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France probes police violence as video of officer beating up protester goes viral

An image grab taken from a video shows a police officer beating up a protester on the sidelines of a ‘Yellow Vest’ rally in Paris, France, January 18, 2020. (Via AFP)

French prosecutors have opened an investigation into an instance of “intentional violence” after a video went viral of a riot police officer brutally punching an already-wounded protester detained at a rally in Paris.

The footage, which was filmed during a ‘Yellow Vest’ rally on Saturday, showed the helmeted officer holding a man with a bloodied head down on his back and repeatedly punching him in the face.

The incident was also caught on camera from another angle. In the second video, the injured man is seen on his stomach screaming in pain as the officer pins down his elbow with his knee.

The videos were widely shared on social media platforms, renewing criticisms of police brutality during the 16-month protests.

Amid the outcry, Paris prosecutor office ordered an investigation into “intentional violence by a person in a position of public authority.”

The Paris police department also reacted to the footage, calling on “the department of public order to give a full account of this incident.”

The violence occurred near the Gare de l’Est train station as the ‘Yellow Vest’ protesters returned to the streets of the capital as part of the weekly demonstrations they have been holding since November 2018 against the economic policies of President Emmanuel Macron.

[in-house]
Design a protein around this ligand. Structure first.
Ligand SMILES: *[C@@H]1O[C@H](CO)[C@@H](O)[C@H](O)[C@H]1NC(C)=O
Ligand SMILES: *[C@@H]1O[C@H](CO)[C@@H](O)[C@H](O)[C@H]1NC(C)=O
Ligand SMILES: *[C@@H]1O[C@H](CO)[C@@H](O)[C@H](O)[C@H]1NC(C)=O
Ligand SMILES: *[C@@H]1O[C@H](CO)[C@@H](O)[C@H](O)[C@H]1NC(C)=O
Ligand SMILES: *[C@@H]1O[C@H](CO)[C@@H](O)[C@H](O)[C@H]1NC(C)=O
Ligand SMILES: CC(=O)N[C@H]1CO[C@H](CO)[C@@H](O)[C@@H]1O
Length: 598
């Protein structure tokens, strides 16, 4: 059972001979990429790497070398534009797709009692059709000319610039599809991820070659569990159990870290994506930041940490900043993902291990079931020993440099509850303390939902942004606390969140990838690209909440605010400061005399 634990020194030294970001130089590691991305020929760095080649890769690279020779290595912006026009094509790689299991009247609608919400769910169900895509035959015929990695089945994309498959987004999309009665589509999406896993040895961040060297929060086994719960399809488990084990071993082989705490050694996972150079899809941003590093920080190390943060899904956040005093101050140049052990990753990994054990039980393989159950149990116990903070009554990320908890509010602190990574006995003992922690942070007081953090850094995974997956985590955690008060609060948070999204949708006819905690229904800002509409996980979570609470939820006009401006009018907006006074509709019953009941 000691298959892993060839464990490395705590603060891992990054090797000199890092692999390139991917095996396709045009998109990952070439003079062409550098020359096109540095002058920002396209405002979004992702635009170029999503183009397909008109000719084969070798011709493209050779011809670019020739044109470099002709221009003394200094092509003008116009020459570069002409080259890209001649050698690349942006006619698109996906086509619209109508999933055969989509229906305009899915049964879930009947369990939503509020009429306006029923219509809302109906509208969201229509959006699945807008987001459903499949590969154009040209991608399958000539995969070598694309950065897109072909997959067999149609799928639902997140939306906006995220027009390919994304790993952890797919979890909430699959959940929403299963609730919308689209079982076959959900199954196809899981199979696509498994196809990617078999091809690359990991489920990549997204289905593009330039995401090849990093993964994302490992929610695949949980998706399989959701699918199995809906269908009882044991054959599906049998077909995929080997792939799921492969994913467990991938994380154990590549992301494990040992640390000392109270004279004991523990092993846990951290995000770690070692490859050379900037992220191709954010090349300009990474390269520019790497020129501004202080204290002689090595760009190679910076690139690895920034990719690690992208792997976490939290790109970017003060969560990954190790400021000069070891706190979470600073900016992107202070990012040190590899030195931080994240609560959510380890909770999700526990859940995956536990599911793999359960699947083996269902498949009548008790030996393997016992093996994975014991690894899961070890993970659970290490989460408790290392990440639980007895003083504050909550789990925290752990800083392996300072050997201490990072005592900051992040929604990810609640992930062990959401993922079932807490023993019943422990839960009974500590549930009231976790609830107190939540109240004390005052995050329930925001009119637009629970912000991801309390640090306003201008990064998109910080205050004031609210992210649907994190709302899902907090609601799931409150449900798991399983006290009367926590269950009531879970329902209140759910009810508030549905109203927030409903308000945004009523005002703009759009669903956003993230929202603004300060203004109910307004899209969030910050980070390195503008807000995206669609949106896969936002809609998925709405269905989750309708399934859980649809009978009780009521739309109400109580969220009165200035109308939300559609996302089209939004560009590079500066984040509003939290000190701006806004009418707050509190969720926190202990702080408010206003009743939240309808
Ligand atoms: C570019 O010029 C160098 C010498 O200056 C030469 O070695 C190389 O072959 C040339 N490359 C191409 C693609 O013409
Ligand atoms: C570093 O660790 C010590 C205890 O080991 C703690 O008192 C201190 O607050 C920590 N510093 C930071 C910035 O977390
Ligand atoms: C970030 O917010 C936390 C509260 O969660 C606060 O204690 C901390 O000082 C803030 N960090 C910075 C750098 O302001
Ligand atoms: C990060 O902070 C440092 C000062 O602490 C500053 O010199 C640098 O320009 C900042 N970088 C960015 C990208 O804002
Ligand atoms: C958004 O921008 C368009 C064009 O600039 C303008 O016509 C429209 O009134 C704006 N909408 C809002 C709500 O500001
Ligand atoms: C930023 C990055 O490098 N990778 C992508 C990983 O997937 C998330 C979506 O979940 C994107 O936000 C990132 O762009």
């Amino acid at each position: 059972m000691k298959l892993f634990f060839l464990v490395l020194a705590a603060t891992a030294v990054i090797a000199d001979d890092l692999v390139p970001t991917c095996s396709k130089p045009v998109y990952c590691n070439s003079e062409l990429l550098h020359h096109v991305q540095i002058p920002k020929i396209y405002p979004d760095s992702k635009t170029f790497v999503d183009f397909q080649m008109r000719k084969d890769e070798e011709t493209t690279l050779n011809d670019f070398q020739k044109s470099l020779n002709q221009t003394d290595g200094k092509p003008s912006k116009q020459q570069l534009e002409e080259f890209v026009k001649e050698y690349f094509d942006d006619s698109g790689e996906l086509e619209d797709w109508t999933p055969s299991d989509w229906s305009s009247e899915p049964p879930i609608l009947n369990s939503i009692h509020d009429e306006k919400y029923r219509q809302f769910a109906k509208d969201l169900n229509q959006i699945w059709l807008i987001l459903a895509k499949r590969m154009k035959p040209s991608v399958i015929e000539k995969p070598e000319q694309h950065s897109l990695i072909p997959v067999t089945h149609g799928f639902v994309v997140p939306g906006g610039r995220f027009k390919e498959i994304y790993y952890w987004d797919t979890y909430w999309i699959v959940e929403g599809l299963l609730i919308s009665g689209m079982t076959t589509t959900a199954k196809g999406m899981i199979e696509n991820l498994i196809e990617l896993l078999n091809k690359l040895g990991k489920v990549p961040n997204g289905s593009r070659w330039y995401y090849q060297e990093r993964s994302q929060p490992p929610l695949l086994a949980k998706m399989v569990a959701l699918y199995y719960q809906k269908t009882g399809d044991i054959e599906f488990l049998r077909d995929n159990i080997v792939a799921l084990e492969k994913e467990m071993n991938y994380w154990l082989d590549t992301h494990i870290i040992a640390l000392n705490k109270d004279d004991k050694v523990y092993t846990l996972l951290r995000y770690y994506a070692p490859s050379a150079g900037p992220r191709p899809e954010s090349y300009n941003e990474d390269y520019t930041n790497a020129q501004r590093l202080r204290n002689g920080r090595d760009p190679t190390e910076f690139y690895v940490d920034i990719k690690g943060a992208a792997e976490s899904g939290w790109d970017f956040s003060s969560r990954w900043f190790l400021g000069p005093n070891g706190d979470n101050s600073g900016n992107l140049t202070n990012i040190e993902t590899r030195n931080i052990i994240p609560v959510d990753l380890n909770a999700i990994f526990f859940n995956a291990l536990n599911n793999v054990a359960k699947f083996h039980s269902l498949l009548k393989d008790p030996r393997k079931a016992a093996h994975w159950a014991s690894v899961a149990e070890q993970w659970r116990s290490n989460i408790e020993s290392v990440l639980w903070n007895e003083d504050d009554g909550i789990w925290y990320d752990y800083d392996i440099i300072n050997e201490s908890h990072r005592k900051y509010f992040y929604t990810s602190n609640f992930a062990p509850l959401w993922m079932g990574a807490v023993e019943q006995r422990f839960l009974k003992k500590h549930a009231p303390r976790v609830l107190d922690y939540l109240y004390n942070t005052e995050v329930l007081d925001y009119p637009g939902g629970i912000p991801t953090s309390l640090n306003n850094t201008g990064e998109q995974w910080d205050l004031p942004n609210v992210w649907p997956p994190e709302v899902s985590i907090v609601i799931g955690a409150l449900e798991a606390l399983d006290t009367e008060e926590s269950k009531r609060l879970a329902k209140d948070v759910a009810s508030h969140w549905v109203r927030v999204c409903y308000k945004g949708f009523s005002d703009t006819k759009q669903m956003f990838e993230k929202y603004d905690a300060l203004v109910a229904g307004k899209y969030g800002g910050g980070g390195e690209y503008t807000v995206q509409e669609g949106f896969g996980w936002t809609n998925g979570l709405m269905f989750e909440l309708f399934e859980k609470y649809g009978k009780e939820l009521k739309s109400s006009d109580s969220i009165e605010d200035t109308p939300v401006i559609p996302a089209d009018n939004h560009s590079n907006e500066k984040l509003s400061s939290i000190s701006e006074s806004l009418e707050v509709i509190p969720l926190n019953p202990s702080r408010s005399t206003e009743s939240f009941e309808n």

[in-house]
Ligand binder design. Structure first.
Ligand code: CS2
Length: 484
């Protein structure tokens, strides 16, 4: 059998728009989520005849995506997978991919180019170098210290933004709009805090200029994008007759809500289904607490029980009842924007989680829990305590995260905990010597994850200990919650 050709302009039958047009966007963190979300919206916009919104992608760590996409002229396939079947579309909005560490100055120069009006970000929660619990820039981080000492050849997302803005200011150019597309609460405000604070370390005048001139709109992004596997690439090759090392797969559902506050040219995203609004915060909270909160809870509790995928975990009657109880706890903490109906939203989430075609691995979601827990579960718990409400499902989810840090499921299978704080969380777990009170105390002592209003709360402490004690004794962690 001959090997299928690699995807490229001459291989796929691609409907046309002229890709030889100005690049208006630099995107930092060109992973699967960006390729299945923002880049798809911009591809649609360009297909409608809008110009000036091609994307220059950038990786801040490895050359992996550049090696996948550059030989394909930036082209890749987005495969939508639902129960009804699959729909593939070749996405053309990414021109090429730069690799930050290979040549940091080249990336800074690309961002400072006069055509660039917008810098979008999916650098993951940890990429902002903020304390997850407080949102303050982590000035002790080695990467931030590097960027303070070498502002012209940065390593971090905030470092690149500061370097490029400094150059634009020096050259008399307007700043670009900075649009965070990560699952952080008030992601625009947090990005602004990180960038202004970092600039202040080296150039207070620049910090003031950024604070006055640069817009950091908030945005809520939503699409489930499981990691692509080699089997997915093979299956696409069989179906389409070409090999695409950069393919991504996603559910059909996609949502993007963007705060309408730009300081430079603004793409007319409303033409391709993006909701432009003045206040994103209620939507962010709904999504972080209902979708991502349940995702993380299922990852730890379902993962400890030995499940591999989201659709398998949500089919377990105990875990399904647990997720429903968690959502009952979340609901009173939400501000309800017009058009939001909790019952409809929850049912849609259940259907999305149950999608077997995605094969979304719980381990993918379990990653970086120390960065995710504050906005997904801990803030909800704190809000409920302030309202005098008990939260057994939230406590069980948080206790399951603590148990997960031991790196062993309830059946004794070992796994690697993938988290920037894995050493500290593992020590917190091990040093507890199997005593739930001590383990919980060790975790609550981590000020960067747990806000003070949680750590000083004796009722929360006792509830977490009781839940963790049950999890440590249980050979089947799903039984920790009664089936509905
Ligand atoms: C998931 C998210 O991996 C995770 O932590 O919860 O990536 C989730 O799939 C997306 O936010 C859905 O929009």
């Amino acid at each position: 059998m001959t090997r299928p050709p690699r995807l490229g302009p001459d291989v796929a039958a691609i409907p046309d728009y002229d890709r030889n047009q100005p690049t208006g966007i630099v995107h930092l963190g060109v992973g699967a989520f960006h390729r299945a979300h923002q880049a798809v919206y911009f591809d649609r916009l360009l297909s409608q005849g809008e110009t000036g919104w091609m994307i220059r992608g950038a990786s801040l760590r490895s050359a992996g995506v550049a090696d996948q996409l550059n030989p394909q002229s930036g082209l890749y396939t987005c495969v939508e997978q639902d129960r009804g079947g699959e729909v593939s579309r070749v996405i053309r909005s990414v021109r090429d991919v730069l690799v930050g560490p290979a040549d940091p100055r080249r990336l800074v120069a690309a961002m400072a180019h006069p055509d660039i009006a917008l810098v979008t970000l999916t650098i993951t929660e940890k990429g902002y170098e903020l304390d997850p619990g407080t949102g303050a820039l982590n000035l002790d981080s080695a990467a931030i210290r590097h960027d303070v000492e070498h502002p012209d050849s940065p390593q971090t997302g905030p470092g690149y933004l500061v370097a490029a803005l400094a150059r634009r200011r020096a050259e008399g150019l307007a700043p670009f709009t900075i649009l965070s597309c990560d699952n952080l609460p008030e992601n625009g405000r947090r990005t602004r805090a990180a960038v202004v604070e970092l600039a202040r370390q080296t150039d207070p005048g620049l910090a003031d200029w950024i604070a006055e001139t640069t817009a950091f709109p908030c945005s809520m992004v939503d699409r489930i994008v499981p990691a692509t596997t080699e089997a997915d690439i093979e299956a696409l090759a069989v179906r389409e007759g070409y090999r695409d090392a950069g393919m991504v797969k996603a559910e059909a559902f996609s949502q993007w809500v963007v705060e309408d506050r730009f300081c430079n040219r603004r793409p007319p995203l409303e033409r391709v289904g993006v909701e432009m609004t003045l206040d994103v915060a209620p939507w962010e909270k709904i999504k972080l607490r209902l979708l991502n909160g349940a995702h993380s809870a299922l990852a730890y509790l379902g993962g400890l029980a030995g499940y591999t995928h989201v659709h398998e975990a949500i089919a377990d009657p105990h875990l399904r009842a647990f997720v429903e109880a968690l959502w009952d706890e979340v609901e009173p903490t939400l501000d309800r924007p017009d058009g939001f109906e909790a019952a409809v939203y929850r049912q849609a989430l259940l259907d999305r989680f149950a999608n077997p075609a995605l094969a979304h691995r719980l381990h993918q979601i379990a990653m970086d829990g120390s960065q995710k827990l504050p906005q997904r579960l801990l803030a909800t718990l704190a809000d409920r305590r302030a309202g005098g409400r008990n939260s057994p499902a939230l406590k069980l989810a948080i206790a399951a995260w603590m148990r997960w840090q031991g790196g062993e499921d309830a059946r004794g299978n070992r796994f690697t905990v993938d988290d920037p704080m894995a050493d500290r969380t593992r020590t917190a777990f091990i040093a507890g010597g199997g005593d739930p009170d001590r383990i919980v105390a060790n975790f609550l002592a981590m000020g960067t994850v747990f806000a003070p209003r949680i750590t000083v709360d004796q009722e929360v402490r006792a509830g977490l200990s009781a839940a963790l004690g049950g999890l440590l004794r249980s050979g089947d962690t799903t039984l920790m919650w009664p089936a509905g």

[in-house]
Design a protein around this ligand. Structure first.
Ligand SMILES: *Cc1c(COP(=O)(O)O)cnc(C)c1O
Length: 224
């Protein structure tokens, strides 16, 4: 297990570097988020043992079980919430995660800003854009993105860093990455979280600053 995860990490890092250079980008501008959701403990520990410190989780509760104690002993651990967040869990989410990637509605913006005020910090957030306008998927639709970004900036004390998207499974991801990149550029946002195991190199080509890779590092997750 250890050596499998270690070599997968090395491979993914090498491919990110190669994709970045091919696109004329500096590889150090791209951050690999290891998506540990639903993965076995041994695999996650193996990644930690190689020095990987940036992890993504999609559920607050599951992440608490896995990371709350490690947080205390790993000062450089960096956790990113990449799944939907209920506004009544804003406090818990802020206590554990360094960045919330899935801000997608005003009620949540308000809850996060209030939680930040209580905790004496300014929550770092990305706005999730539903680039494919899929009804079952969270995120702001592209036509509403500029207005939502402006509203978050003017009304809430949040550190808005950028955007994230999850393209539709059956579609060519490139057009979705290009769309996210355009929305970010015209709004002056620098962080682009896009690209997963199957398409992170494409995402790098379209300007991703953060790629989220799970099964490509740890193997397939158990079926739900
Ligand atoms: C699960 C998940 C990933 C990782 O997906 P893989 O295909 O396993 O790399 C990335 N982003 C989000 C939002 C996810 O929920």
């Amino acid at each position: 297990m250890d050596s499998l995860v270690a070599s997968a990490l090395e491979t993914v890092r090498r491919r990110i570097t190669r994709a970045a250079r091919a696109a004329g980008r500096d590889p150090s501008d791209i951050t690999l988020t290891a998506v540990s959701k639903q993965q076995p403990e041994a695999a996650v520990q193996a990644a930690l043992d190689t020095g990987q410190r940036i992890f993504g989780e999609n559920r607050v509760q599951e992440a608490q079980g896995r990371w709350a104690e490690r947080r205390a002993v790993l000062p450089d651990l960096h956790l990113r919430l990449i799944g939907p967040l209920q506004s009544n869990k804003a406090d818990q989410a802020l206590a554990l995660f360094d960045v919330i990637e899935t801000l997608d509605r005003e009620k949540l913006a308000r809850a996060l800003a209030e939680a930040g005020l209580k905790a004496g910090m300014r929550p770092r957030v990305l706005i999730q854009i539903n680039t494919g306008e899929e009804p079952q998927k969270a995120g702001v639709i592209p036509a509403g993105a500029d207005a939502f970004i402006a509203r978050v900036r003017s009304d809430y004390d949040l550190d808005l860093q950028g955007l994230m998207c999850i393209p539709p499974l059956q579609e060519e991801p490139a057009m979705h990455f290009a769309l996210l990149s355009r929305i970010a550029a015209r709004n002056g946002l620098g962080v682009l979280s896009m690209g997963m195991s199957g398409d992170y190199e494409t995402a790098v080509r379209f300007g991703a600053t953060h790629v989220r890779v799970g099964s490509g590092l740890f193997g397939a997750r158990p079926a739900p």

The ‘Yellow Vest’ movement has been boosted by a separate wave of protests and strikes against a planned overhaul of pensions, which have affected public transportation, disrupted schools, hospitals, courthouses and even opera houses and the Eiffel tower over the past weeks.

There have been several cases of police brutality in the course of the protests, including the death of a man during an arrest operation in Paris and the use of rubber bullets against pension reform protesters.

Macron and his ministers had long rejected reports of police brutality, defending the police force as a victim of sustained attacks by anti-government protesters.

Paris was, however, forced to change its tone as several new cases of police violence emerged, piling more pressure on the government.

Macron warned earlier this month that the “unacceptable behavior” of some officers risked undermining the “credibility and dignity” of the force.

On January 3, a 42-year-old delivery man died of suffocation after being pinned face down on the ground during an arrest operation in Paris. A week later, a video showed another man falling to the ground after an officer apparently fired rubber bullets at point-blank range into a group of pension protesters.

The Council of Europe urged France in February 2019 to suspend the use of rubber bullets against demonstrators. A month later, the UN human rights chief called for a thorough investigation into reports of “excessive” police force in the European country.

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